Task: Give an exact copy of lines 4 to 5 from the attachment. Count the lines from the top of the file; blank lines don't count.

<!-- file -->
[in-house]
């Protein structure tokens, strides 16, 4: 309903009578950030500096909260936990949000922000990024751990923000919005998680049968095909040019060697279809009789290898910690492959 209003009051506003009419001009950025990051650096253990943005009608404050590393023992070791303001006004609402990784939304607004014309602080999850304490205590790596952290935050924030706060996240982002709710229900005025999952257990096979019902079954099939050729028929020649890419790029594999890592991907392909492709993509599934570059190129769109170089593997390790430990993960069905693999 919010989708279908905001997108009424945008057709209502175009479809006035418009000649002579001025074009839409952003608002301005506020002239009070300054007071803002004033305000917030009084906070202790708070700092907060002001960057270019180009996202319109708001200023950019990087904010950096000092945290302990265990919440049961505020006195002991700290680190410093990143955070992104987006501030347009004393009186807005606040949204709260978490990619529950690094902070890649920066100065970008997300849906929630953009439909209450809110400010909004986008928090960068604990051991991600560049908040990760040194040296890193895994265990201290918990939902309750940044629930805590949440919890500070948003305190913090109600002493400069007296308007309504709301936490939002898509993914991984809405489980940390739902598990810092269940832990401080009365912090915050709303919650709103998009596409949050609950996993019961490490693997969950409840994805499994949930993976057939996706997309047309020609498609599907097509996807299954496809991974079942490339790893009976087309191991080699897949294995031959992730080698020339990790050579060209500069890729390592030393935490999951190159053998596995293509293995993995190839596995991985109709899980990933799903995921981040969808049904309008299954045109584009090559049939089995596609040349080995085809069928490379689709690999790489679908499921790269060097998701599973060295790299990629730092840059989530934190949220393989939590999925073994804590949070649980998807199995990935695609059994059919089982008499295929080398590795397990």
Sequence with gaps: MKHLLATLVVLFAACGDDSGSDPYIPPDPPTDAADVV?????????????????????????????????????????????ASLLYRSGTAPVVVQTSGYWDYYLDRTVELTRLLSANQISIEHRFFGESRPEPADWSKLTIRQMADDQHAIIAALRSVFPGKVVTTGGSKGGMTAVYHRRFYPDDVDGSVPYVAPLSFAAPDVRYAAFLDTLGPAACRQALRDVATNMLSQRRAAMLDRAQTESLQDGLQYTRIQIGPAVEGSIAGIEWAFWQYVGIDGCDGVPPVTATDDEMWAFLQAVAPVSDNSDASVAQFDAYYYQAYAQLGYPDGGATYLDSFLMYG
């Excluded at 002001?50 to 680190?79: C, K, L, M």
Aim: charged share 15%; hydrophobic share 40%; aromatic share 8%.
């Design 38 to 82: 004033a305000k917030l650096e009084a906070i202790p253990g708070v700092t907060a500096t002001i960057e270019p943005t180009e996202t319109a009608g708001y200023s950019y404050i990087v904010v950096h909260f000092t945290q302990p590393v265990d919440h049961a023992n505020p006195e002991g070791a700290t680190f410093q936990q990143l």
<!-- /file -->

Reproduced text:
């Excluded at 002001?50 to 680190?79: C, K, L, M």
Aim: charged share 15%; hydrophobic share 40%; aromatic share 8%.